Quite frankly, even after adding the young arm, I would make the starting gig Keenum’s to lose. If Rosen blows the organization away in the offseason, fine, but I think there’s a lot of good that could come from him sitting behind a qualified veteran. There’s no need to rush him, especially since his cap hit is almost identical to Keenum’s.
Case Keenum can play. He’s not as good as he looked in 2017, but he’s also not what his time in Denver – or St. Louis – indicates. No help at either stop.
There also aren’t many guys I’d rather pair with a young QB. Been there, done that with Jared Goff, and comes off as classy.
— Stephen Newman (@stephen_newman1) March 8, 2019
Keenum has proven that he can win games when surrounded by a decent roster. He’s also been at his best with someone breathing down his neck —St. Louis doesn’t count because having Jeff Fisher at the helm doesn’t bode well for quarterbacks.
Back in 2017, there was never a doubt that Keenum wouldn’t last. When was he going to regress to journeyman productivity? When was Sam Bradford going to take his job back? Could Teddy Bridgewater become the starter again by the end of the year? Even by the end of the season, it was viewed as no more than a nice story, but there was no way he could win a playoff game. All he did all season was defy odds. While Rosen would almost certainly be the quarterback of the future, adding him may bring out a better Keenum.
More importantly, I think this is linked to the status at head coach. Jay Gruden has seemingly been on the hot seat for years and that seat may be about to catch fire.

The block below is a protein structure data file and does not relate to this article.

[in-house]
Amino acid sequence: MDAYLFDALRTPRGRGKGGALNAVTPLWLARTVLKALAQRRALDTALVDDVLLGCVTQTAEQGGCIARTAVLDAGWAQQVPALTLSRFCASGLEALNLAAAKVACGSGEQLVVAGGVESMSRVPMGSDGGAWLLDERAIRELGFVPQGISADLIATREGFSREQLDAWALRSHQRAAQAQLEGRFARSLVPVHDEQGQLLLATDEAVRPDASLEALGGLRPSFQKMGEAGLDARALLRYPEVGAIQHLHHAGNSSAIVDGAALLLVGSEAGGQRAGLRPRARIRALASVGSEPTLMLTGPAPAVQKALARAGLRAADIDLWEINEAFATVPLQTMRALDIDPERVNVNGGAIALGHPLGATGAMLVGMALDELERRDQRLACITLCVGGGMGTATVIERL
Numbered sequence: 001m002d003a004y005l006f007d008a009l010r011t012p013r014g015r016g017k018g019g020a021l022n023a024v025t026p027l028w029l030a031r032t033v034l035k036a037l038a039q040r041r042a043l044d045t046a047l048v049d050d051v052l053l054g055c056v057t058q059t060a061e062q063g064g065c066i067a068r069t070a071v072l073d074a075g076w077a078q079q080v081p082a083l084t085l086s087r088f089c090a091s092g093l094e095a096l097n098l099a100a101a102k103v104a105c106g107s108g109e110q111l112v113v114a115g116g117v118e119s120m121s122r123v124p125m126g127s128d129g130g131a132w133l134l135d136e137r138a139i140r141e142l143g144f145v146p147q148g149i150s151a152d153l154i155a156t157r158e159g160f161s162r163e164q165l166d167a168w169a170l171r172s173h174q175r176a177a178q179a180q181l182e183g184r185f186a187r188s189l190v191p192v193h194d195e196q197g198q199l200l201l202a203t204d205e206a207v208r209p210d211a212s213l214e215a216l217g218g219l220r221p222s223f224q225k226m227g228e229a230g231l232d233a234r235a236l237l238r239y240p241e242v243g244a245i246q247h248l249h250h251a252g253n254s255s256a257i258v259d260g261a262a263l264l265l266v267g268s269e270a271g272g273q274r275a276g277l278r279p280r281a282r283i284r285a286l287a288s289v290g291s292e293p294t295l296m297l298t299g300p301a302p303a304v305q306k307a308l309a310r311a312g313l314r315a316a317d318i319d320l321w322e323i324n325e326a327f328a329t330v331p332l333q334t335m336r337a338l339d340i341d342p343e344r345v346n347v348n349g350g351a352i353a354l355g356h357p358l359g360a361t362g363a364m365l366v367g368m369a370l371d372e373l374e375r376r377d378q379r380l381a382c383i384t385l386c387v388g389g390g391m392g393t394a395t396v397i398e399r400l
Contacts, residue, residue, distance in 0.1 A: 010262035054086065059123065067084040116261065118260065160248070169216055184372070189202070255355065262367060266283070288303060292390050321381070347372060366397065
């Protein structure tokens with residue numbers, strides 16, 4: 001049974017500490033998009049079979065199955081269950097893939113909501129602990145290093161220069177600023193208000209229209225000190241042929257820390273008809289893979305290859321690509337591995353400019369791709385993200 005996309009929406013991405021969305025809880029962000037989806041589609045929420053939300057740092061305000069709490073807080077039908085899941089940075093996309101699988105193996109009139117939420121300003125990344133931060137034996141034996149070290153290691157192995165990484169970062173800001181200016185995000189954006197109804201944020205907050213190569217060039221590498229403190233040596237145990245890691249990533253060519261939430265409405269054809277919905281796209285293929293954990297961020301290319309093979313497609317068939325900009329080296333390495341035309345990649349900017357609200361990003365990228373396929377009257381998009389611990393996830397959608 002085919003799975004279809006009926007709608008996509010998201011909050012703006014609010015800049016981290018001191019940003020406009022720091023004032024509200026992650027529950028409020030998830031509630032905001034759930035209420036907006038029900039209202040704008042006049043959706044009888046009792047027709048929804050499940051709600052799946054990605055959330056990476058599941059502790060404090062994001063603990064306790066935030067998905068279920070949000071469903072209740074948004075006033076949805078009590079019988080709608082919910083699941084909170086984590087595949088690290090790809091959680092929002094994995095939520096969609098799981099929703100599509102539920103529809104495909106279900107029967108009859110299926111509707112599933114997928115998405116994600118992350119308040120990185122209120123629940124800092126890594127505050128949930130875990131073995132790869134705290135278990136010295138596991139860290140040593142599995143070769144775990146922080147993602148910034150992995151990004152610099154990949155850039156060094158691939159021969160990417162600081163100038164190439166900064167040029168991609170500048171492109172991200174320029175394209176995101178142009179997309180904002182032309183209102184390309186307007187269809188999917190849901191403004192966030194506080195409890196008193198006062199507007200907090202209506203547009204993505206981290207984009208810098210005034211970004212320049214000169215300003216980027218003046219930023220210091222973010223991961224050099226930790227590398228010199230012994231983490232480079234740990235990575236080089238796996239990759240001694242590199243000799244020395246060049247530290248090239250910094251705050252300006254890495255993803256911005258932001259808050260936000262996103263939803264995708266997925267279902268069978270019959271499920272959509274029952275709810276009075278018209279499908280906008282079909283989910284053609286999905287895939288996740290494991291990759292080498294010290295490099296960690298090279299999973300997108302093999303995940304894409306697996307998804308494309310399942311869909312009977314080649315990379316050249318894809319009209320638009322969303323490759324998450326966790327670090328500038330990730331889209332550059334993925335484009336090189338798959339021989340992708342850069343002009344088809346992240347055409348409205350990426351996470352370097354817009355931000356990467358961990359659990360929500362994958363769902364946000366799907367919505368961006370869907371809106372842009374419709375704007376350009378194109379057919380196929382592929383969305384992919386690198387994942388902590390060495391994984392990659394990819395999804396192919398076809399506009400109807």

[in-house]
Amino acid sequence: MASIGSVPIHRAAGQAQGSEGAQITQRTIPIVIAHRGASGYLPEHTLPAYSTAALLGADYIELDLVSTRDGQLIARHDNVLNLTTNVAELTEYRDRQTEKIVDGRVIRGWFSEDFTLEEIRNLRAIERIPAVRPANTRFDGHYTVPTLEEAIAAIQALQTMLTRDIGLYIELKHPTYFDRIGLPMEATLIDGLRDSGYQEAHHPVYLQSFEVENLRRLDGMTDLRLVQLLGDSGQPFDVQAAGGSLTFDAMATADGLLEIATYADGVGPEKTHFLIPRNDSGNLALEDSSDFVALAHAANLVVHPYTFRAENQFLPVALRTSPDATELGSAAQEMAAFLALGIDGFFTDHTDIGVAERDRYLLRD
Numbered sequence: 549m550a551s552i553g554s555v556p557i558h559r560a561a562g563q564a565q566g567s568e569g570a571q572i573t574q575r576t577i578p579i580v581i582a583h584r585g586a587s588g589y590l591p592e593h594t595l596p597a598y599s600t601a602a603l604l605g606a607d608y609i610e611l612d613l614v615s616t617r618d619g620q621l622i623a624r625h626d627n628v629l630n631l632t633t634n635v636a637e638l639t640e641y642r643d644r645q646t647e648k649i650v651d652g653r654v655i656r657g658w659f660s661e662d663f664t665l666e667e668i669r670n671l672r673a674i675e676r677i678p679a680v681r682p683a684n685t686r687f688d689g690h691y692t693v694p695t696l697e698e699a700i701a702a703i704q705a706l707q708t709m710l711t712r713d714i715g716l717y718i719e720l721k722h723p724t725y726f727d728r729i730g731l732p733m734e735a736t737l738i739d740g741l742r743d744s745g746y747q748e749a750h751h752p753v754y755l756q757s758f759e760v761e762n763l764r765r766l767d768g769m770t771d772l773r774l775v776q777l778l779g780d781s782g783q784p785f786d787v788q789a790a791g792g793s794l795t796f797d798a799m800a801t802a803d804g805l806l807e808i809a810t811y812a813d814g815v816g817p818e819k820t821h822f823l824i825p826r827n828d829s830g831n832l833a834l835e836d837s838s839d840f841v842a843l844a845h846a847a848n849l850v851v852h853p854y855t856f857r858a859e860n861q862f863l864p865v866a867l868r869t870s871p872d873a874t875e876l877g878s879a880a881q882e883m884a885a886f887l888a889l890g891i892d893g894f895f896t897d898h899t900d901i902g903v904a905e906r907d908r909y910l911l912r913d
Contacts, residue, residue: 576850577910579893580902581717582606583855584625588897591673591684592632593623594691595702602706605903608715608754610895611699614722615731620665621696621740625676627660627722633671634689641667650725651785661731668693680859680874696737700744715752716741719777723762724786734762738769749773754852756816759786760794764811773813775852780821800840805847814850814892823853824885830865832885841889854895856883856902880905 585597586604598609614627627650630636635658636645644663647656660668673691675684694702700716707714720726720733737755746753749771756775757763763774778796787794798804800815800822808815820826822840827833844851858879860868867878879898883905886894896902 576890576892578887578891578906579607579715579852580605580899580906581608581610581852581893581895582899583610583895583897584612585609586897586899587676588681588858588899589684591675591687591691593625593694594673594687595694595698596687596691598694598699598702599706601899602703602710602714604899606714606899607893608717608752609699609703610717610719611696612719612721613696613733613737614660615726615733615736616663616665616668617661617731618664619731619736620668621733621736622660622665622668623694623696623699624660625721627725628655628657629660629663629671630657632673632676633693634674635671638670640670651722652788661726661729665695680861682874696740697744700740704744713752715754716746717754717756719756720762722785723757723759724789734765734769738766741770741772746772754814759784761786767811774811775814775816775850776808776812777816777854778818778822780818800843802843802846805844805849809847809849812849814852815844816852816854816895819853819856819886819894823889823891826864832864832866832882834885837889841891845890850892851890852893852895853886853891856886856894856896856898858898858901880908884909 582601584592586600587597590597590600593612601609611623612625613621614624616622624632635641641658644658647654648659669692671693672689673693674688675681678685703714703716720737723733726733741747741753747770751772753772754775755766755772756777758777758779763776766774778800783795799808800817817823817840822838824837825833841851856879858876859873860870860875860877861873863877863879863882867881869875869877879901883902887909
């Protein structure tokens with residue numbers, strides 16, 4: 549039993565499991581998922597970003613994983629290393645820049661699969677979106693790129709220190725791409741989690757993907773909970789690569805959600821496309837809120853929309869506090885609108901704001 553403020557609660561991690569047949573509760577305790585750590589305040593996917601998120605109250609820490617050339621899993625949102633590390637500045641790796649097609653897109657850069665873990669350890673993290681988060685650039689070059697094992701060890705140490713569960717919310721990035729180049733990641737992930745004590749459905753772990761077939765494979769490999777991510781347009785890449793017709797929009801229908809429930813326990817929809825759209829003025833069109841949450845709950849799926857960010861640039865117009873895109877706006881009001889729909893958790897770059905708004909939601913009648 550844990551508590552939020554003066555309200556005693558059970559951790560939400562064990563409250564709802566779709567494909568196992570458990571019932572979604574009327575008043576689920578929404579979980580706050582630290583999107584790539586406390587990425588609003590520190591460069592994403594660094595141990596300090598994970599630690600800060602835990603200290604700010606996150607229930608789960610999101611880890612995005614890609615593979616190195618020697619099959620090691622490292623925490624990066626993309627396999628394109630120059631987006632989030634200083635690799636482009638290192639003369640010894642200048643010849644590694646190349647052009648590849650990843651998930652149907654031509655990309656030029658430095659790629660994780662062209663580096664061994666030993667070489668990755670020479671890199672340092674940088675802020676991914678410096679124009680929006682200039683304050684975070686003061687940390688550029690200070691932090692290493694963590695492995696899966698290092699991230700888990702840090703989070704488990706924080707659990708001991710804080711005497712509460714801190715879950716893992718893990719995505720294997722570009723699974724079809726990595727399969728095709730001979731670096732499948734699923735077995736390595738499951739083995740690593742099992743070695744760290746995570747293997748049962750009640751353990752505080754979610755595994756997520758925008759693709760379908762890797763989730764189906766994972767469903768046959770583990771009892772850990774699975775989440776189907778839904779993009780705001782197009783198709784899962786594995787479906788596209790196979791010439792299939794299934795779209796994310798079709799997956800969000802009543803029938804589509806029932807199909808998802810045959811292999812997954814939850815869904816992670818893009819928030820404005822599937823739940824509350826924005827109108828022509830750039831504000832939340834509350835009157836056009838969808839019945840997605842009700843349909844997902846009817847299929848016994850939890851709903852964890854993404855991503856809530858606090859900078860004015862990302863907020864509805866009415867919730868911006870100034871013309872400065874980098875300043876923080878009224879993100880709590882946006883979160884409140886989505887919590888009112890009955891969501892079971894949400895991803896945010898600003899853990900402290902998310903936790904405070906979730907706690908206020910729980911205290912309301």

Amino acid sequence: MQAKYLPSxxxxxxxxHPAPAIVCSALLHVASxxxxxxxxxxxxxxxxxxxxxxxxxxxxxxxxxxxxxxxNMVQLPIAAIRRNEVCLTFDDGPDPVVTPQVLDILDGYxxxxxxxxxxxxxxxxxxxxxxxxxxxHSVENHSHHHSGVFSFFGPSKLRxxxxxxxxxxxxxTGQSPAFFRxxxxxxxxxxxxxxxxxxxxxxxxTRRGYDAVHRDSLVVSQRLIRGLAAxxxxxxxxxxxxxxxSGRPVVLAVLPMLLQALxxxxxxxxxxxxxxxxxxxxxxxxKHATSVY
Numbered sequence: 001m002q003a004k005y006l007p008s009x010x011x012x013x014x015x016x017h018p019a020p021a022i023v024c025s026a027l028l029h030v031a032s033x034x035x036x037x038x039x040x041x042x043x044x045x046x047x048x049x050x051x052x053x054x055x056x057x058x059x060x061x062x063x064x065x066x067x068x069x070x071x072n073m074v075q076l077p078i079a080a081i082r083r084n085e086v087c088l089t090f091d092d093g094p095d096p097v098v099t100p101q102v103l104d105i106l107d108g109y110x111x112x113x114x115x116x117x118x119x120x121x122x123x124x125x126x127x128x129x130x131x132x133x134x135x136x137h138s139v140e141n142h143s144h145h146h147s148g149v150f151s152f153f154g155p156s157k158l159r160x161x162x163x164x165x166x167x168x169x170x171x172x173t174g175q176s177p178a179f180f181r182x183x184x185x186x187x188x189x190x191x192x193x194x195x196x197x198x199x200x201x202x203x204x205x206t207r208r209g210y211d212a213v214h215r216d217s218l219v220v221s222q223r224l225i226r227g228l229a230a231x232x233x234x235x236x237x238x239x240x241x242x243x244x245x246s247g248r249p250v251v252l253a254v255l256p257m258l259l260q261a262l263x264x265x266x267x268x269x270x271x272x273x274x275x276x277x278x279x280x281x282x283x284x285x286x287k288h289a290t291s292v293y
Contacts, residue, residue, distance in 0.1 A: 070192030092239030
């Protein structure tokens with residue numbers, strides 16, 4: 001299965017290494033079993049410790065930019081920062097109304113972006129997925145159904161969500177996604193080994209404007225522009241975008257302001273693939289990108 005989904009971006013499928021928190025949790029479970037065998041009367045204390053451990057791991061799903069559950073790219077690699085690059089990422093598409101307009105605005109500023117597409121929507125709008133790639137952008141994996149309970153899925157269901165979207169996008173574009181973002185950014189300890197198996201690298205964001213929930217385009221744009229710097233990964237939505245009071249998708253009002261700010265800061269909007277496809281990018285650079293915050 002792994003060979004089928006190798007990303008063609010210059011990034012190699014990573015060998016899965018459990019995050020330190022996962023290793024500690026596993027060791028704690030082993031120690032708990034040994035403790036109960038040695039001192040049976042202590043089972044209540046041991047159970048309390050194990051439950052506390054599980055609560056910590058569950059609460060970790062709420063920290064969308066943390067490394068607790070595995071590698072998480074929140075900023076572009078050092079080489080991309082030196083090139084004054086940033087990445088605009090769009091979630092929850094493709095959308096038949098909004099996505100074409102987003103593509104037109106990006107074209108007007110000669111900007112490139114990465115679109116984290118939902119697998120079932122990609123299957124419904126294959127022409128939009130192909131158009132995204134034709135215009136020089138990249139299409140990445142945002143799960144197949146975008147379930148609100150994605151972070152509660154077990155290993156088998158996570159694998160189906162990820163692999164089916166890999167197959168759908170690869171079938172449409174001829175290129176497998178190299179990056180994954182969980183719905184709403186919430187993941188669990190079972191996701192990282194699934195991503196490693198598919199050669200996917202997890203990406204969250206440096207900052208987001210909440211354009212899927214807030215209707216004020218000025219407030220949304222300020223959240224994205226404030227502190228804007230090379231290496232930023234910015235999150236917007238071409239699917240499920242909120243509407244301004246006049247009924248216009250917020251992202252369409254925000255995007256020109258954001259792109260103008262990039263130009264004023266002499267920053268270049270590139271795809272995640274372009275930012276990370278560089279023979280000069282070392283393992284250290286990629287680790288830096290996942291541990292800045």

Not a good look for the Redskins. Any head coach should at least be in the loop on transactions. Seems like Jay Gruden is not. https://t.co/lYzTb7sMvp
— Stephen Newman (@stephen_newman1) March 18, 2019
If Gruden isn’t in the loop, his days are numbered. And if he isn’t going to last, there’s no point trotting Rosen out there to start the season, knowing the clock is ticking on when he’ll have to adjust to a new play caller. Instead, the Redskins should attach him at the hip to new offensive coordinator and offensive fresh face Kevin O’Connell. Keenum should be Gruden’s guy, but Rosen will be O’Connell’s project and first real test as a coordinator — or even NFL coach, for that matter.
Let Keenum start. If a change needs to be made at quarterback, it’s almost certain to be necessary at head coach, as well. Whenever that happens — it’s just a matter of time, whether it’s midseason or postseason — elevate both Rosen and O’Connell. By all accounts, O’Connell comes across as the more creative mind, which is exactly what Rosen needed and didn’t have in Arizona.
There seems to be no saving Gruden at this point, but Dan Snyder and Bruce Allen probably don’t mind that. If they did, Gruden wouldn’t be in the last year of his contract. If the Redskins play their cards right, they could have a coach and quarterback pairing that at least mirrors the one their former coordinator (Sean McVay) and his young pocket passer (Jared Goff) have formed in Los Angeles. All things considered, that would be franchise-saving.